The scene at the Jewish Hospital, where the majority of the Jewish dead and the more severely wounded were taken, was terrible. The grass plot outside the hospital today was covered with mangled corpses, arranged in two long rows, awaiting burial. The wooden walk from the gate to the door, over which the bodies were carried, was stained with blood. The dead and wounded were still arriving. Many of them had been lying untouched in the streets for two days. Only the most severely wounded were taken inside the hospital. The bodies of some of these were frightfully bruised, broken and mangled.
A constant stream of unhappy persons visited the hospital yard and, when allowed to do so, the wards, endeavoring to locate and identify members of their families or friends, or obtain bodies of the dead for burial. Some of the bodies had already been removed, but the hospital attendants asserted that about a hundred in all had been brought in and that many more remained in the outskirts of Bialystok, where it was still unsafe for the Red Cross detachments to venture.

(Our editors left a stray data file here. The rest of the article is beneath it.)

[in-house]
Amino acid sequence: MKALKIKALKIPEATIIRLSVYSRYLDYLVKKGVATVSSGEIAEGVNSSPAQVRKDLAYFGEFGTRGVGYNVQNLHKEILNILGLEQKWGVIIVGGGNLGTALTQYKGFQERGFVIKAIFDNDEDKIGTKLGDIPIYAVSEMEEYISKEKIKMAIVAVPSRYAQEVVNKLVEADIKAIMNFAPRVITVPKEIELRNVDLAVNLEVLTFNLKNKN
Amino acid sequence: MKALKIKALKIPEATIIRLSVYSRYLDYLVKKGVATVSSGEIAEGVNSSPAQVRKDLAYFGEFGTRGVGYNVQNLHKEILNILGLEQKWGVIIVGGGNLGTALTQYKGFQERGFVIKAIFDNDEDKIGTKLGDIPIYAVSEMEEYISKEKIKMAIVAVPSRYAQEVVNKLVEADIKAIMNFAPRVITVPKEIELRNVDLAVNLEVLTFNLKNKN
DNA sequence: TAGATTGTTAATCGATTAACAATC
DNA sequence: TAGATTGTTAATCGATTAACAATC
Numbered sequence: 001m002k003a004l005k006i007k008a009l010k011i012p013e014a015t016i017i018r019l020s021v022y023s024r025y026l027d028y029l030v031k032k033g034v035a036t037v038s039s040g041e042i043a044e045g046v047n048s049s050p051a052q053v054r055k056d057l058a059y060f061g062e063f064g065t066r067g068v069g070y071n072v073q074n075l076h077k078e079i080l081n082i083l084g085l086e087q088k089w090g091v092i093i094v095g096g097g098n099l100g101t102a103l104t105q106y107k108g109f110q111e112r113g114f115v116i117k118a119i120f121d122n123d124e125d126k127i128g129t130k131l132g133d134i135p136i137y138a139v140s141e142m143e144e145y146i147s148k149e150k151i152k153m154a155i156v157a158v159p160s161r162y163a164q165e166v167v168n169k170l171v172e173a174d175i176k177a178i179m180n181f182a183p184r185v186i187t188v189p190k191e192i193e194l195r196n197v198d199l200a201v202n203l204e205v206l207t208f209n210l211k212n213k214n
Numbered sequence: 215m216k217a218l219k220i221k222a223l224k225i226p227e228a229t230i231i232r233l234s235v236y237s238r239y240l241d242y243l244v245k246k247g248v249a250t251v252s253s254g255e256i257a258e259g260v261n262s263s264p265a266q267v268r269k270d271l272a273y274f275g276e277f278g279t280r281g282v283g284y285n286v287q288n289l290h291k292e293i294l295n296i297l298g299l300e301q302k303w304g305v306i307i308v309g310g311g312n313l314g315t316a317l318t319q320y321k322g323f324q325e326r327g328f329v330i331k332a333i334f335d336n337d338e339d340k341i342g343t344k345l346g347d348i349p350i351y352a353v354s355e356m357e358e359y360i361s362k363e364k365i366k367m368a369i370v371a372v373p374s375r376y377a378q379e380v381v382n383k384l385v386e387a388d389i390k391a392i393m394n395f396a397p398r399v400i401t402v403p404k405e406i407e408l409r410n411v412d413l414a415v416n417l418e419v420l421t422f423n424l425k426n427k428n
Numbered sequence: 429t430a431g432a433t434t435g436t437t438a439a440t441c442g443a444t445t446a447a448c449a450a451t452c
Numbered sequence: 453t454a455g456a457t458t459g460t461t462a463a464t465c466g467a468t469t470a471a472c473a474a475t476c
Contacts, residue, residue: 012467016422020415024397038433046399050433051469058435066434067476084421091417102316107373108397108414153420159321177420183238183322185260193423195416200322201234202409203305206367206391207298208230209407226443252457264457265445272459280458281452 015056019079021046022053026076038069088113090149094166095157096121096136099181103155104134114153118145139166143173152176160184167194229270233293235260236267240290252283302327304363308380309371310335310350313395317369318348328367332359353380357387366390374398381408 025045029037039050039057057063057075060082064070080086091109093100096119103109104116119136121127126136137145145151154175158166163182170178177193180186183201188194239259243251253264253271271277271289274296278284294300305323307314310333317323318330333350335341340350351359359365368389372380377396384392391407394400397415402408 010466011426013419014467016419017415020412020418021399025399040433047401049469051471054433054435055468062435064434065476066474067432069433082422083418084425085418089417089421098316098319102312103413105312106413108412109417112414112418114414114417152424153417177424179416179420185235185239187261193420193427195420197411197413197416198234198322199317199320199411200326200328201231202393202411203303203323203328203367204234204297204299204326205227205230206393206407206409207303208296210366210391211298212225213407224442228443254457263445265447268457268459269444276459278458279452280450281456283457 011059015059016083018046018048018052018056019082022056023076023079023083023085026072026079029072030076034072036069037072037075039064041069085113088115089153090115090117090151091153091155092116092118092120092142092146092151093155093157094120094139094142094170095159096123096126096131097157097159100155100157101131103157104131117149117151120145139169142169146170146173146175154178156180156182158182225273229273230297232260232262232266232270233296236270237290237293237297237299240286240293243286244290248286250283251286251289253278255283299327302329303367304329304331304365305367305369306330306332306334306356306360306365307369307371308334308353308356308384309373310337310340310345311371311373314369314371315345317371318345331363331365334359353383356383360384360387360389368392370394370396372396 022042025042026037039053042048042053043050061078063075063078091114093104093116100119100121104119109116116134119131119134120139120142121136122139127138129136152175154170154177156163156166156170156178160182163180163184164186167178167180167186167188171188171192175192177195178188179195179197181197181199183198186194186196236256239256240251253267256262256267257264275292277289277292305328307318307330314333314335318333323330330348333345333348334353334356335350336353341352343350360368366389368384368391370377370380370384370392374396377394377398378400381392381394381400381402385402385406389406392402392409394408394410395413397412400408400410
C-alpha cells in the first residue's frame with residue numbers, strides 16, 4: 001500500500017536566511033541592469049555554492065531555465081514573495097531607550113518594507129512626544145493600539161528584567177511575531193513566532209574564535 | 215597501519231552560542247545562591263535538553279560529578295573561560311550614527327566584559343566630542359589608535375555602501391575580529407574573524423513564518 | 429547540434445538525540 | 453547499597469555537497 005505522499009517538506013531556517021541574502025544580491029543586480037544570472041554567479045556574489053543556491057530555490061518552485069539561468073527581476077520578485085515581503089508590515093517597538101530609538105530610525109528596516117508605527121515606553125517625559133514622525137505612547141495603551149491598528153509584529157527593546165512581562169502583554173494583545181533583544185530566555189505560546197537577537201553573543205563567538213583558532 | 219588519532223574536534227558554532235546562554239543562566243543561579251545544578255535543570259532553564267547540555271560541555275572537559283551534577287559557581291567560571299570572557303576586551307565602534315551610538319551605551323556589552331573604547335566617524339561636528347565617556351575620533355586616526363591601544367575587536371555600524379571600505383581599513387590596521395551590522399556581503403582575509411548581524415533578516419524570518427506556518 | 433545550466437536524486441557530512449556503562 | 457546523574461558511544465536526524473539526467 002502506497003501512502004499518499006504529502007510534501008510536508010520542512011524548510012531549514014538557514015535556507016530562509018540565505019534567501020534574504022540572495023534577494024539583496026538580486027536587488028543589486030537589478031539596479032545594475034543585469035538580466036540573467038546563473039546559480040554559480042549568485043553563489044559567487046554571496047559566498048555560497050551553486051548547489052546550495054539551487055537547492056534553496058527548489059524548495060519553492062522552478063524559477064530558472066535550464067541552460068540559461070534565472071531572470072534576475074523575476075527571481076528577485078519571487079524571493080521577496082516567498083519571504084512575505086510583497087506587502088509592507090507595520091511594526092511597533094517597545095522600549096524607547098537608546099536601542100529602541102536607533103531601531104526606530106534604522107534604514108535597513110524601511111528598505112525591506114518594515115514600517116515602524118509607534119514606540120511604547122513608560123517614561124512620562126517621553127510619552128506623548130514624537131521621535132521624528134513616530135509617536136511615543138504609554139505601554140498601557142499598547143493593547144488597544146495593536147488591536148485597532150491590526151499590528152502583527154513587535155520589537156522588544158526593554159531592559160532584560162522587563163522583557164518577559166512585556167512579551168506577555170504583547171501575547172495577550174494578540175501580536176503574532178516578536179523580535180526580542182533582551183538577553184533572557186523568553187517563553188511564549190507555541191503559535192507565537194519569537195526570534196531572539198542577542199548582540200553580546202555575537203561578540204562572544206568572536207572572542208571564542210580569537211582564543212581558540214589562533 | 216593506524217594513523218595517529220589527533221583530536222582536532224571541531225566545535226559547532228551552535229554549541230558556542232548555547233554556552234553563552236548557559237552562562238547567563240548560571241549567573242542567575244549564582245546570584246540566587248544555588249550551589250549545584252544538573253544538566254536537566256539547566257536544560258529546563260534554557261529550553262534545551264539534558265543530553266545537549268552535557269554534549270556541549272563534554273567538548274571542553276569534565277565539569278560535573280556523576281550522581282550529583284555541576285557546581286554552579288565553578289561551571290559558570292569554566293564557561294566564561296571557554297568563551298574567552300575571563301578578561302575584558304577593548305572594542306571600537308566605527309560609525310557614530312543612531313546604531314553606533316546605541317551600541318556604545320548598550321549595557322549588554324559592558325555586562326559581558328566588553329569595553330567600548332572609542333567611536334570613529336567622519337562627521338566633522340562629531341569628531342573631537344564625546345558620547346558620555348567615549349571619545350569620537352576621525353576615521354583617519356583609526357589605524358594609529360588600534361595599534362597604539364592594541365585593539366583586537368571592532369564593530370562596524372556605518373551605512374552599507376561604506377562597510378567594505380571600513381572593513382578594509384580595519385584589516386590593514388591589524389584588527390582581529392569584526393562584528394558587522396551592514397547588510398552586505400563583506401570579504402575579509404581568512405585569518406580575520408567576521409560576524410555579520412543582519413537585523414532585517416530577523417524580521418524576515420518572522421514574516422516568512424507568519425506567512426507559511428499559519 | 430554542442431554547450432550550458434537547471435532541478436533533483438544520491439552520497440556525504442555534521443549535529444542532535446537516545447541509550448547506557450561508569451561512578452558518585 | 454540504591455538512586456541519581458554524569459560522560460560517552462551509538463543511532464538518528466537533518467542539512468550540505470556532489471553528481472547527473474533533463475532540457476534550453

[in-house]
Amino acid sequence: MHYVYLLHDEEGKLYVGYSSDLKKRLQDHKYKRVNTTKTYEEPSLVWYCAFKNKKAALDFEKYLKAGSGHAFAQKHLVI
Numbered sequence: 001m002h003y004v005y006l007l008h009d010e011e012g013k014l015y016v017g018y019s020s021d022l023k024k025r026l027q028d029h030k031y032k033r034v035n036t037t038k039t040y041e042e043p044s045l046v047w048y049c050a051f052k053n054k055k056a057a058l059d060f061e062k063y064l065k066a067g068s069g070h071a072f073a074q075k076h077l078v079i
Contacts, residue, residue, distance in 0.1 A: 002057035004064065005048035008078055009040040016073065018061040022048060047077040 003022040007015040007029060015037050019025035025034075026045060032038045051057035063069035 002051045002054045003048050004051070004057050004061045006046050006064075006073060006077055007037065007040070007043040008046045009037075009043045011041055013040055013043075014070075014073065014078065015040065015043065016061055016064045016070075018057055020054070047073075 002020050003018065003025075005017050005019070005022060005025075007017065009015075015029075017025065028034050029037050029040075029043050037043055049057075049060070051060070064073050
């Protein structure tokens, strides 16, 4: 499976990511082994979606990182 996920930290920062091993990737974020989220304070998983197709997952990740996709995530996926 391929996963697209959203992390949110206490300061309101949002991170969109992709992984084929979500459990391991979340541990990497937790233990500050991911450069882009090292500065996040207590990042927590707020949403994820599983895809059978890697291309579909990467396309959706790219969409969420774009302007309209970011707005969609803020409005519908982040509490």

At the district
hospital there were six dead persons and eight or ten wounded.
These were all Christians. One man had been killed and two
wounded as a result of the explosion of bombs. The others had
bullet wounds. These bodies were not mangled or mutilated, as
was the case with the Jews, whose hand, arms, and legs were
chopped of from mere wantonness.
OUTBREAKS AGAINST JEWS.